Ian James
© May 2013

language name written with 38ed script

This is the 38th version of the SIGIL script called Slinsen-Yi, which in the Sgai language means “syllables drawn small”. The previous version, Slinseng-Fi, is a very elegant cursive script but suffers slightly from extravagant use of space. The object here was to produce an easy-to-write, pure alphabet which would enable a more compressed presentation of text.


To enable more text per area, there are two strategies in place. First is putting vowels above their consonants, which conserves horizontal space (and is a method used in many Asian scripts). Second is allowing for the smallest possible print size by designing the glyph shapes at the scale of just a few pixels. By restricting the shapes to a 3×5 pixel rectangle and basing their structure on the LCD style shown in my Power Of Seven script, there are 127 possibilities. Some shapes are not full height, but I keep some of those for vowels. After discarding the less distinct and duplicated forms, there is a set of 64 possible consonants and 13 possible vowels (vowels fit into a 3×3 pixel rectangle). Here is the set, shown at actual size; they remain quite legible:

open larger view

Shown below are the scaled-up forms of the final selection, assigned to phonemes. The idea is that at larger sizes, the glyphs would instead reveal curves, serifs, etc, pertinent to a more mature style.


Compared with other versions of SIGIL script, and the Phonological Cypher series, there is less opportunity for maintaining featural relationships based on phonetics; but there is some inner consistency. For the forming of diphthongs, /w/ and /j/ are used for /-u/ and /-i/, and there is a dedicated glyph for /-y/. The medial flap tucks in next to its initiating consonant, and shares its vowel. There is an affricate prefix used before a fricative to signal the arising of an implicit initiating plosive. In almost all cases that will be /d/ or /t/ for voiced and unvoiced fricatives respectively. There is a special glyph for final glottal stop.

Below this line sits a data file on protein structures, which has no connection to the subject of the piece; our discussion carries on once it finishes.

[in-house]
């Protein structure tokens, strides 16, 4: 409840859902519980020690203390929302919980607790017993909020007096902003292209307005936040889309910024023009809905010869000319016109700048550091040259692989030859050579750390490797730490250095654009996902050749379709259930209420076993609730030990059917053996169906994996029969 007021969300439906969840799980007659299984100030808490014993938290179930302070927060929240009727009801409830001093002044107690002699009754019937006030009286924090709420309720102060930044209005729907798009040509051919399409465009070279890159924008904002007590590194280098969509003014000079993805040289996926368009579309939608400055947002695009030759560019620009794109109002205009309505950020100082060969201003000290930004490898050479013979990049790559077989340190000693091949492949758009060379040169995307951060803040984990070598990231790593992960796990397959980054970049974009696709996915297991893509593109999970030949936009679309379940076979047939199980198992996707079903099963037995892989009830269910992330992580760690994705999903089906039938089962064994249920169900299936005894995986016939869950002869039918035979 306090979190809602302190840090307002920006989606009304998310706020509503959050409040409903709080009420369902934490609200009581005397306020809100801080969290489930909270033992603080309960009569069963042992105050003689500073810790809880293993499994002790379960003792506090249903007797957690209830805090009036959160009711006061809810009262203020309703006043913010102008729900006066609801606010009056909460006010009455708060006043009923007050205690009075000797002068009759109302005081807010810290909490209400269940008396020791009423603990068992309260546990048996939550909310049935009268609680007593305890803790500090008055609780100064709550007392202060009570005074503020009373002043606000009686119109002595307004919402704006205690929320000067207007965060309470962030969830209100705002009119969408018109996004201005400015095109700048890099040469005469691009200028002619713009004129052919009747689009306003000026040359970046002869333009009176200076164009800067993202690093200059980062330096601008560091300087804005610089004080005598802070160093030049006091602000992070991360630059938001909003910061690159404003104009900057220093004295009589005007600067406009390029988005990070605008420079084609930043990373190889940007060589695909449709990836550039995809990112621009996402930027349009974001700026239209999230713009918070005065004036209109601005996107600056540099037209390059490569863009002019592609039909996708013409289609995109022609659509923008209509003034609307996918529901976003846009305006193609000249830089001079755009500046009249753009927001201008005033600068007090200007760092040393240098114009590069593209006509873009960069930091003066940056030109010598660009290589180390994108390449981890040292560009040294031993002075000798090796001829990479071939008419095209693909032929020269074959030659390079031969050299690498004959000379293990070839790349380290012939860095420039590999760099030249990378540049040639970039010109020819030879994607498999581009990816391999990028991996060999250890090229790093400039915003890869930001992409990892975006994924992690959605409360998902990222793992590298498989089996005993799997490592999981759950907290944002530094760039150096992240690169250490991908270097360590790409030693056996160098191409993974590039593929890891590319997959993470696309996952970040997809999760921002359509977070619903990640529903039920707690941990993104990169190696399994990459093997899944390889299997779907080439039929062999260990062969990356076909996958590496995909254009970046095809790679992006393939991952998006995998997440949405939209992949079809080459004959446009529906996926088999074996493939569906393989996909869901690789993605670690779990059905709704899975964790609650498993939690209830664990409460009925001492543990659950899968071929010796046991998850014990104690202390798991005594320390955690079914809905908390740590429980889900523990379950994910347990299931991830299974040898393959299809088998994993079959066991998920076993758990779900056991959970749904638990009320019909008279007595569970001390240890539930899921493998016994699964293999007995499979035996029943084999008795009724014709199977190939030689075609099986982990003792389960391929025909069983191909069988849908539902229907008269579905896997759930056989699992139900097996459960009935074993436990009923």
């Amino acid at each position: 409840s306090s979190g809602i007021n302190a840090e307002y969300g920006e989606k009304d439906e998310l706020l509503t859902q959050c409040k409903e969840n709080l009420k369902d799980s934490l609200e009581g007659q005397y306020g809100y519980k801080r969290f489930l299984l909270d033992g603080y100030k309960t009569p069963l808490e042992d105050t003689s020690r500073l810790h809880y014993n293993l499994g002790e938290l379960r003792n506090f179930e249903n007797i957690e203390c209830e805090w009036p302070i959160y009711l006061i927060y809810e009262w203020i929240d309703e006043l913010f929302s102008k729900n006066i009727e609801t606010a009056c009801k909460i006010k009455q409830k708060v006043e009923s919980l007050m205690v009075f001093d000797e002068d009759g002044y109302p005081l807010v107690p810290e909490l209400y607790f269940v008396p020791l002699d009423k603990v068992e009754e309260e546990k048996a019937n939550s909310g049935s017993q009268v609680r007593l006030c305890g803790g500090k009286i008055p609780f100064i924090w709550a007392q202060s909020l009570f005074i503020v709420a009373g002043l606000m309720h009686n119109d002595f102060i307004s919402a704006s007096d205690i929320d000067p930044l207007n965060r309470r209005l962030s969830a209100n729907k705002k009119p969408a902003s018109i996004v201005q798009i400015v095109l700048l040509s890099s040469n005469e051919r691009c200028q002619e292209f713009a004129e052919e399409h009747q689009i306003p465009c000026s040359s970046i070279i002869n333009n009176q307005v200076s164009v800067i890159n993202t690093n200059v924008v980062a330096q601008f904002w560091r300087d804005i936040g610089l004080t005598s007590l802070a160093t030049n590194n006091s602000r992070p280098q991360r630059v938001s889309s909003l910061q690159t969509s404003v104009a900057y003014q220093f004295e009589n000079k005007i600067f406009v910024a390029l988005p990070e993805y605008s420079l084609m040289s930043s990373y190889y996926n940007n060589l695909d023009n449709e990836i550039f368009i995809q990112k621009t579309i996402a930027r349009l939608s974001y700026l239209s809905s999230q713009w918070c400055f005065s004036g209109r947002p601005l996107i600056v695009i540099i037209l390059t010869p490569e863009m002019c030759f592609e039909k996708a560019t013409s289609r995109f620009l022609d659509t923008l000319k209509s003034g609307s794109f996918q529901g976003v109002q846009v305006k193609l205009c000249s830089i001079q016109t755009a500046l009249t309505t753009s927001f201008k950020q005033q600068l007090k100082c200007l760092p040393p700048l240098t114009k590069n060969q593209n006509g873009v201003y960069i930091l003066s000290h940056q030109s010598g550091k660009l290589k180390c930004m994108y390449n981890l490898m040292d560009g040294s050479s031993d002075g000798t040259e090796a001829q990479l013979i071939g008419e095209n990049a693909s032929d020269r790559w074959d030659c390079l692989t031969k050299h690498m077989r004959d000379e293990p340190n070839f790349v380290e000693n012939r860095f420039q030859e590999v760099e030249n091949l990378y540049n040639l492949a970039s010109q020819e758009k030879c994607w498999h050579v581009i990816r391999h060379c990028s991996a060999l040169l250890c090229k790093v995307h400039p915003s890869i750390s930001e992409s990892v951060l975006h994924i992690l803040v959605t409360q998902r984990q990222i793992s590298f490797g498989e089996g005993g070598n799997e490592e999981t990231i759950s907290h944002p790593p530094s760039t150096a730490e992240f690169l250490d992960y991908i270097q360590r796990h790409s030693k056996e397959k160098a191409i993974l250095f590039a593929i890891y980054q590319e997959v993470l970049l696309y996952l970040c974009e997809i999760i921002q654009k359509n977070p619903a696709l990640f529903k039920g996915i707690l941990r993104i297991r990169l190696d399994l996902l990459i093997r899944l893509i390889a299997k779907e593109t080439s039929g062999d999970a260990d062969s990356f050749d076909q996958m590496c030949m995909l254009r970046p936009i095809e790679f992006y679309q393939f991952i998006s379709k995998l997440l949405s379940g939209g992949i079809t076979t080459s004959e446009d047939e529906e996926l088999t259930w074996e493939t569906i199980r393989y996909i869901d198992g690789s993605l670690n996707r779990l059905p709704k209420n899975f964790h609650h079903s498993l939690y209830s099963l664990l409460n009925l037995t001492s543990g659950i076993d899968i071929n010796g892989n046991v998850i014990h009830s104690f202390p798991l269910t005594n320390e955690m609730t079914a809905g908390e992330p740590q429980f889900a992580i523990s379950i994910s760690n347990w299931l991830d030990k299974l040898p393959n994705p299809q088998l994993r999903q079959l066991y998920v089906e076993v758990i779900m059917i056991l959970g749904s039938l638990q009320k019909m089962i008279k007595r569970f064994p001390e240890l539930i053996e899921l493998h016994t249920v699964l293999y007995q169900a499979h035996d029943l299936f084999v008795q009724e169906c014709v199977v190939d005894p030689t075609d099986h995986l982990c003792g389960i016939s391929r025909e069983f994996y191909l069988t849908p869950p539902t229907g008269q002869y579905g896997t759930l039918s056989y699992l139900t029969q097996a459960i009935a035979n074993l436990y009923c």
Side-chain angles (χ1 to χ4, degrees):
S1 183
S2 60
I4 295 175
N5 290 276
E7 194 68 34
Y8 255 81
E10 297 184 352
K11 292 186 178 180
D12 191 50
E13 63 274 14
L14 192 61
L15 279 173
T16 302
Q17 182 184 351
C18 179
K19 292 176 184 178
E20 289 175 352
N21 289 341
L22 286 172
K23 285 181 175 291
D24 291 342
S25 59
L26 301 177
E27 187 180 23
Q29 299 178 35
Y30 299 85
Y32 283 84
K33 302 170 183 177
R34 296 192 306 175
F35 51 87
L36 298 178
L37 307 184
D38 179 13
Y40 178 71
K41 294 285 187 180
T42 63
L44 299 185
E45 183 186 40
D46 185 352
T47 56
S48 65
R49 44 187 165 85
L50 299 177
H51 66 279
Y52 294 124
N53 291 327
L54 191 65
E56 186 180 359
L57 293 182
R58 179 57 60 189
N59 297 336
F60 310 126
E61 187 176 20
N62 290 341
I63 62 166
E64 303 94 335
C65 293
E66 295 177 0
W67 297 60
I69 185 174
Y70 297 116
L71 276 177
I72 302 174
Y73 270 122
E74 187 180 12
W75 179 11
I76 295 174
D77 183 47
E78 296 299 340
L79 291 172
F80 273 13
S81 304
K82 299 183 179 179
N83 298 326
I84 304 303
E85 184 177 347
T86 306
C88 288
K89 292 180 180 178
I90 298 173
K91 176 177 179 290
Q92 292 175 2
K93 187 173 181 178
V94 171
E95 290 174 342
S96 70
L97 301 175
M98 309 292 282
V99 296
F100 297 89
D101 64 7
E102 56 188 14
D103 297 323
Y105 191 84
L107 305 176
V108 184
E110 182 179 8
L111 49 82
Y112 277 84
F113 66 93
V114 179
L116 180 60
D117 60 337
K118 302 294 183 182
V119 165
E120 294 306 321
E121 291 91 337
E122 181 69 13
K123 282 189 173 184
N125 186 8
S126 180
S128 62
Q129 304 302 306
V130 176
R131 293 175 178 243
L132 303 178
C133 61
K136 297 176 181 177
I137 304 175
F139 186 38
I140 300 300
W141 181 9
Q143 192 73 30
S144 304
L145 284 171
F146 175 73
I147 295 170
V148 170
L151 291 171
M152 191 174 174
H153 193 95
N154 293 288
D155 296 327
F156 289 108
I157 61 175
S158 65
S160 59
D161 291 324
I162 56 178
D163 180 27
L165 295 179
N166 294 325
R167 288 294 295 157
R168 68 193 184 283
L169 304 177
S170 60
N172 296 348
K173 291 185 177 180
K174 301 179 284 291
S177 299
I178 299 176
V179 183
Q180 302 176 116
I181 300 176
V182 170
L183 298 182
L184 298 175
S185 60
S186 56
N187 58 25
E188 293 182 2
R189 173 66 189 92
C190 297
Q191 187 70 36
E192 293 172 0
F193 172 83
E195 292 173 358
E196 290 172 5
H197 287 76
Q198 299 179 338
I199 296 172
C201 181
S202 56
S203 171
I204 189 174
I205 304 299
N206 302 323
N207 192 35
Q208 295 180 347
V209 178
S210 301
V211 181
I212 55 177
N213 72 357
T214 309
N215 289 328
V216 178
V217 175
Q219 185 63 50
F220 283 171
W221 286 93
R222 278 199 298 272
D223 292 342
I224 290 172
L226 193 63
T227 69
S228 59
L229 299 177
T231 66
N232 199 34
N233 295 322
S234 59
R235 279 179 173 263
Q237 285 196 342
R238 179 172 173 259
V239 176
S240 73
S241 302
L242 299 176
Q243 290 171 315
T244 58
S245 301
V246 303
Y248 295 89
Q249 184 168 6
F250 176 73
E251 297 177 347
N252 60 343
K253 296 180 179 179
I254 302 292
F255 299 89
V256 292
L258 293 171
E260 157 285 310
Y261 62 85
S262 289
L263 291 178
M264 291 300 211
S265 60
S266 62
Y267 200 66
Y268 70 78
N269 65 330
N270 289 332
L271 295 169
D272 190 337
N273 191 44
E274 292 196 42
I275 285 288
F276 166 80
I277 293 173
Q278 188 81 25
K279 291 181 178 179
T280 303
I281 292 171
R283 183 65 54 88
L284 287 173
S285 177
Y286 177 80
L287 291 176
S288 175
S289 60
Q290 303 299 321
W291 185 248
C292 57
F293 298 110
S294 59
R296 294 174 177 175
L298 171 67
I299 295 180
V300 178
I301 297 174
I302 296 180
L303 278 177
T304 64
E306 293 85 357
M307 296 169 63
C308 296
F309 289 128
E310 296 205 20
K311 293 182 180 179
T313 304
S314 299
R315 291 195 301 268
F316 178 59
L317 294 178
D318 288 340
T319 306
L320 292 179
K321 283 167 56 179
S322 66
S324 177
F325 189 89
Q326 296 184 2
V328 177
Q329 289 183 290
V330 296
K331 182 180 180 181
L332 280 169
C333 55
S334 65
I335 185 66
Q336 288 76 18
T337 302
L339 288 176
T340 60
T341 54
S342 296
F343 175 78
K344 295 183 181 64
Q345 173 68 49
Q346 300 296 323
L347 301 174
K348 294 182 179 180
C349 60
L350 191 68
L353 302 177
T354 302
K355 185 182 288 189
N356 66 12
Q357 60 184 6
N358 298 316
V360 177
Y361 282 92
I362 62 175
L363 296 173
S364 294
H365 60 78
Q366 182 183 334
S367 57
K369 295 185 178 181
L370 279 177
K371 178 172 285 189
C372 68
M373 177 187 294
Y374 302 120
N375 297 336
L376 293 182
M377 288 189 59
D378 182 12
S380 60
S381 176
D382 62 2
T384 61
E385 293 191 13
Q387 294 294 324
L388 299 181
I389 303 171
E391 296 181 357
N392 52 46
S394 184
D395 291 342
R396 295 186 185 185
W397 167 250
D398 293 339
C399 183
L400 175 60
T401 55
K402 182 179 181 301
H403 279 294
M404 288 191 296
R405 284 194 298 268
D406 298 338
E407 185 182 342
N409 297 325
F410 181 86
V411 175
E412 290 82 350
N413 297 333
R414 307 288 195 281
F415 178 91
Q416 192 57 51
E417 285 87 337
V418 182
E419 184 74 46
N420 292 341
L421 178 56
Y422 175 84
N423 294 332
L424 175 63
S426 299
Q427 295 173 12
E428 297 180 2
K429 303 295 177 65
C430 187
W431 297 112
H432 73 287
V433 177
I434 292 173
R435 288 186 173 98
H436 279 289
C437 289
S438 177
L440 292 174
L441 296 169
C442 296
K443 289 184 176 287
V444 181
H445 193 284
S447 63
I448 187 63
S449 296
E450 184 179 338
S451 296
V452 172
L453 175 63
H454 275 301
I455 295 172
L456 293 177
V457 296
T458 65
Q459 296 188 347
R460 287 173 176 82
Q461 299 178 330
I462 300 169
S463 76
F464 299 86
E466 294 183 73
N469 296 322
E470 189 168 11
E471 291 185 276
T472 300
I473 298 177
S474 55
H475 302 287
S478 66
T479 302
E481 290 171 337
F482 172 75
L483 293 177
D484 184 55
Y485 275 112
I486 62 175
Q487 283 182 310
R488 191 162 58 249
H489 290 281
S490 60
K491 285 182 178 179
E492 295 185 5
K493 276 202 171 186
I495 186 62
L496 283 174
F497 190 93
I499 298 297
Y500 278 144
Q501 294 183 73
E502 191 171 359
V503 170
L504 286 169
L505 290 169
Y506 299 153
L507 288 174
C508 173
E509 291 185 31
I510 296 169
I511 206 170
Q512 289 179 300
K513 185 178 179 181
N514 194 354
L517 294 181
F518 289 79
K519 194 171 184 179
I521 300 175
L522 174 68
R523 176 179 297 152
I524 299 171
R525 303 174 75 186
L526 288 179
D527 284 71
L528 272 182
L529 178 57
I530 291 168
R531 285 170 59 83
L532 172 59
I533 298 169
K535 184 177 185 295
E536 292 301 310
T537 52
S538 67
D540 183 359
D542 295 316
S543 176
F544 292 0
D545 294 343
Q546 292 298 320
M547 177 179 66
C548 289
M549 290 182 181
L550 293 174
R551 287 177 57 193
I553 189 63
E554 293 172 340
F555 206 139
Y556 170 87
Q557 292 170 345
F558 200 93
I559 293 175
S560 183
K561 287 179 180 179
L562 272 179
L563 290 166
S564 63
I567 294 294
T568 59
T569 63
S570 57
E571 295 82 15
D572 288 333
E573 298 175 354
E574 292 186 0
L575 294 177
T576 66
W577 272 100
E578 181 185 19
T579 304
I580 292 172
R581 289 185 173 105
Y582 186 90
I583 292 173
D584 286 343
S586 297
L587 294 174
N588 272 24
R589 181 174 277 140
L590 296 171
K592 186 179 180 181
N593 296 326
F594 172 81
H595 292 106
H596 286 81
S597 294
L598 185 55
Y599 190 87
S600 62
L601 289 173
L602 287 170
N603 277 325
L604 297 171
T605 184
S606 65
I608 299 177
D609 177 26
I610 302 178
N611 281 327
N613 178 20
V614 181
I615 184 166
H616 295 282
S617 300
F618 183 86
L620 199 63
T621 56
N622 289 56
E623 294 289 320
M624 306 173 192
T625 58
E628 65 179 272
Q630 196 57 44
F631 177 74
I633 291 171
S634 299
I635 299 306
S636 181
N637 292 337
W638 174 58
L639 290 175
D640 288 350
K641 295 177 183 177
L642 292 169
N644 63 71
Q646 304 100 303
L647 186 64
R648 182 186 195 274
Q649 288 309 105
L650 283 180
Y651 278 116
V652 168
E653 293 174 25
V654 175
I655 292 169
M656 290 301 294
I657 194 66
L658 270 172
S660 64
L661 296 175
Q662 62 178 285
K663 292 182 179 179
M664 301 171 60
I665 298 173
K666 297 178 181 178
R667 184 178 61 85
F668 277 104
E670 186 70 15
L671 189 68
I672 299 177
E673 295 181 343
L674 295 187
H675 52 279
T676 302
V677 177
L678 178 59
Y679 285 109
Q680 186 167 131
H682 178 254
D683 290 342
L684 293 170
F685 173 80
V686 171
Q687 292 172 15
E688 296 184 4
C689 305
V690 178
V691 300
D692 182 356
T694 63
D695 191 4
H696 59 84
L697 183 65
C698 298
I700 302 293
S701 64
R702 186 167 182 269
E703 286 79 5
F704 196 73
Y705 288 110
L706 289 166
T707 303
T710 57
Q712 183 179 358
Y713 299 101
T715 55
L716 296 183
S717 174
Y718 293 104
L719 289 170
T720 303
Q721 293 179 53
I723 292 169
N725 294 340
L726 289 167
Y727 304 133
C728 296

These sit above their consonant. There is a vague connection between these shapes and the position of the tongue. In the language name (Sgai) printed at the top of the page, an /a/ can be seen sitting above the /g/. Schwa is always short, and voiced or unvoiced depending on the voice of the previous consonant; it helps to create sesqui-syllables. The other vowels tend to be long. There is a vocalic semivowel /r/ and a syllabic trilled /r/.

Other consonants

These other glyphs are taller and/or wider than the consonants listed above. In all cases they take up a full slot (which for a CV unit at smallest size is 9 pixels high), and represent special items of morphology.

The tonemarks follow their syllable. The nasalizer follows a vowel and in practice tends to one of the three nasal consonants depending on sandhi with a following consonant. For example, before /b/ the nasalizer will tend to be pronounced /-m/. If the nasalizer is word-final, it sounds as /-ng/.

Long /s/ is a dedicated prefix. Short /wa/ and /ja/ tend to acquire a high creaky tone. Ejectives are a distinctive feature of Sgai.


As with all the numeral systems of SIGIL scripts so far, this version’s system is based on joining designated numbers of dots. The numerals 7 to hexadecimal F are taken from version 30 rather than version 37, to keep their shapes and sizes consistent with the other letters.


For an example of Sgai using Slinsen-Yi, here are the first three verses of the Tower of Babel text, with a transliteration and the original English. It is much more space-efficient than Slinseng-Fi, and English.

1 And the whole earth was of one language, and of one speech.
2 And it came to pass, as they journeyed from the east, that they found a plain in the land of Shinar; and they dwelt there.
3 And they said one to another, Go to, let us make brick, and burn them thoroughly.
And they had brick for stone, and slime had they for mortar.


All material on this page © Ian James.
Last modified Jun.26,2013